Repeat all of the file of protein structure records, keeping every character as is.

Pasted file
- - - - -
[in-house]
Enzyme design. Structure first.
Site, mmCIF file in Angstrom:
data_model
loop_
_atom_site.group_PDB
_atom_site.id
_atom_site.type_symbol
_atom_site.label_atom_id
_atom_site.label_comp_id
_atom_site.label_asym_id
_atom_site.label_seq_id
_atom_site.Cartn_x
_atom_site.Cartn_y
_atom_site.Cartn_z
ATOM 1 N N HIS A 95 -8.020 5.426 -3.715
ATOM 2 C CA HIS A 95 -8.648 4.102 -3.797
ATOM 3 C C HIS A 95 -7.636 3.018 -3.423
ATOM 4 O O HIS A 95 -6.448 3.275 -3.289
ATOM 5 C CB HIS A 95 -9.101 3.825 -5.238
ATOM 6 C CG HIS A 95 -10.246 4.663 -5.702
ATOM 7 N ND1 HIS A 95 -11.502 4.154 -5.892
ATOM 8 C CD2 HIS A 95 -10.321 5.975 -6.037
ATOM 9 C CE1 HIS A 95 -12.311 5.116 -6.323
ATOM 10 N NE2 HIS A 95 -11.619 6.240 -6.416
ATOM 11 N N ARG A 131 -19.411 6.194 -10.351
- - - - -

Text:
[in-house]
Enzyme design. Structure first.
Site, mmCIF file in Angstrom:
data_model
loop_
_atom_site.group_PDB
_atom_site.id
_atom_site.type_symbol
_atom_site.label_atom_id
_atom_site.label_comp_id
_atom_site.label_asym_id
_atom_site.label_seq_id
_atom_site.Cartn_x
_atom_site.Cartn_y
_atom_site.Cartn_z
ATOM 1 N N HIS A 95 -8.020 5.426 -3.715
ATOM 2 C CA HIS A 95 -8.648 4.102 -3.797
ATOM 3 C C HIS A 95 -7.636 3.018 -3.423
ATOM 4 O O HIS A 95 -6.448 3.275 -3.289
ATOM 5 C CB HIS A 95 -9.101 3.825 -5.238
ATOM 6 C CG HIS A 95 -10.246 4.663 -5.702
ATOM 7 N ND1 HIS A 95 -11.502 4.154 -5.892
ATOM 8 C CD2 HIS A 95 -10.321 5.975 -6.037
ATOM 9 C CE1 HIS A 95 -12.311 5.116 -6.323
ATOM 10 N NE2 HIS A 95 -11.619 6.240 -6.416
ATOM 11 N N ARG A 131 -19.411 6.194 -10.351